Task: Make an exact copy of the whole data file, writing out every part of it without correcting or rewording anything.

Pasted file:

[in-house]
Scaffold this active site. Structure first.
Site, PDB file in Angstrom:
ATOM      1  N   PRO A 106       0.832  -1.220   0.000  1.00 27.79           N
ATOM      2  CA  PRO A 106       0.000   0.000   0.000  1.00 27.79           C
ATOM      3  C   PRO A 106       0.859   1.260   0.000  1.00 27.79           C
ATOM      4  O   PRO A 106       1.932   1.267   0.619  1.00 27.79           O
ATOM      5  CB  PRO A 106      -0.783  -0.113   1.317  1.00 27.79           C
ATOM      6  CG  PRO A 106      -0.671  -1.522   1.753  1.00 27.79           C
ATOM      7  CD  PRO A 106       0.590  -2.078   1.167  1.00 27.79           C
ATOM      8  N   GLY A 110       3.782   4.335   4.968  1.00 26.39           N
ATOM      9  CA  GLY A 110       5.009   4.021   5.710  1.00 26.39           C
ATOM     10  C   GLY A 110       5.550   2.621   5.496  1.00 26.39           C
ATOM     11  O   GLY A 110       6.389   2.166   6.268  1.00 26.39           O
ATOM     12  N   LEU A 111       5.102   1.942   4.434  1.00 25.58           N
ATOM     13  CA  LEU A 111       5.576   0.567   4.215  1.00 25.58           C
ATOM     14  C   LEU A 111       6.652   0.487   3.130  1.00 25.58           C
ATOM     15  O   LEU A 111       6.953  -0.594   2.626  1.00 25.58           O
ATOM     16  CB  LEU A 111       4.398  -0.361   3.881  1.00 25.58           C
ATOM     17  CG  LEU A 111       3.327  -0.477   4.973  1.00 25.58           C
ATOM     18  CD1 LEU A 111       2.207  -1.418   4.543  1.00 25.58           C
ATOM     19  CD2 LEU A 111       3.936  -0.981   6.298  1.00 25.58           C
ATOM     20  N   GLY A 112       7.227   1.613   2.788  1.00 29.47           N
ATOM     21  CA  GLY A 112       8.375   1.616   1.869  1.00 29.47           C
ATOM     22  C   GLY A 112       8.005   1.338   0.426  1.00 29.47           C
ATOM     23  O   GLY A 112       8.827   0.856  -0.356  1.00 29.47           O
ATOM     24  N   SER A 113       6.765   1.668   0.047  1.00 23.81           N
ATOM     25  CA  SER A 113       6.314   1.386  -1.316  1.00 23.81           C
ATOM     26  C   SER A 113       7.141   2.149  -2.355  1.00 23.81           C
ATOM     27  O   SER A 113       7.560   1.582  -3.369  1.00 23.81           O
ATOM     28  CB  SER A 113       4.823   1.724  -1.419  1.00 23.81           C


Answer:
[in-house]
Scaffold this active site. Structure first.
Site, PDB file in Angstrom:
ATOM      1  N   PRO A 106       0.832  -1.220   0.000  1.00 27.79           N
ATOM      2  CA  PRO A 106       0.000   0.000   0.000  1.00 27.79           C
ATOM      3  C   PRO A 106       0.859   1.260   0.000  1.00 27.79           C
ATOM      4  O   PRO A 106       1.932   1.267   0.619  1.00 27.79           O
ATOM      5  CB  PRO A 106      -0.783  -0.113   1.317  1.00 27.79           C
ATOM      6  CG  PRO A 106      -0.671  -1.522   1.753  1.00 27.79           C
ATOM      7  CD  PRO A 106       0.590  -2.078   1.167  1.00 27.79           C
ATOM      8  N   GLY A 110       3.782   4.335   4.968  1.00 26.39           N
ATOM      9  CA  GLY A 110       5.009   4.021   5.710  1.00 26.39           C
ATOM     10  C   GLY A 110       5.550   2.621   5.496  1.00 26.39           C
ATOM     11  O   GLY A 110       6.389   2.166   6.268  1.00 26.39           O
ATOM     12  N   LEU A 111       5.102   1.942   4.434  1.00 25.58           N
ATOM     13  CA  LEU A 111       5.576   0.567   4.215  1.00 25.58           C
ATOM     14  C   LEU A 111       6.652   0.487   3.130  1.00 25.58           C
ATOM     15  O   LEU A 111       6.953  -0.594   2.626  1.00 25.58           O
ATOM     16  CB  LEU A 111       4.398  -0.361   3.881  1.00 25.58           C
ATOM     17  CG  LEU A 111       3.327  -0.477   4.973  1.00 25.58           C
ATOM     18  CD1 LEU A 111       2.207  -1.418   4.543  1.00 25.58           C
ATOM     19  CD2 LEU A 111       3.936  -0.981   6.298  1.00 25.58           C
ATOM     20  N   GLY A 112       7.227   1.613   2.788  1.00 29.47           N
ATOM     21  CA  GLY A 112       8.375   1.616   1.869  1.00 29.47           C
ATOM     22  C   GLY A 112       8.005   1.338   0.426  1.00 29.47           C
ATOM     23  O   GLY A 112       8.827   0.856  -0.356  1.00 29.47           O
ATOM     24  N   SER A 113       6.765   1.668   0.047  1.00 23.81           N
ATOM     25  CA  SER A 113       6.314   1.386  -1.316  1.00 23.81           C
ATOM     26  C   SER A 113       7.141   2.149  -2.355  1.00 23.81           C
ATOM     27  O   SER A 113       7.560   1.582  -3.369  1.00 23.81           O
ATOM     28  CB  SER A 113       4.823   1.724  -1.419  1.00 23.81           C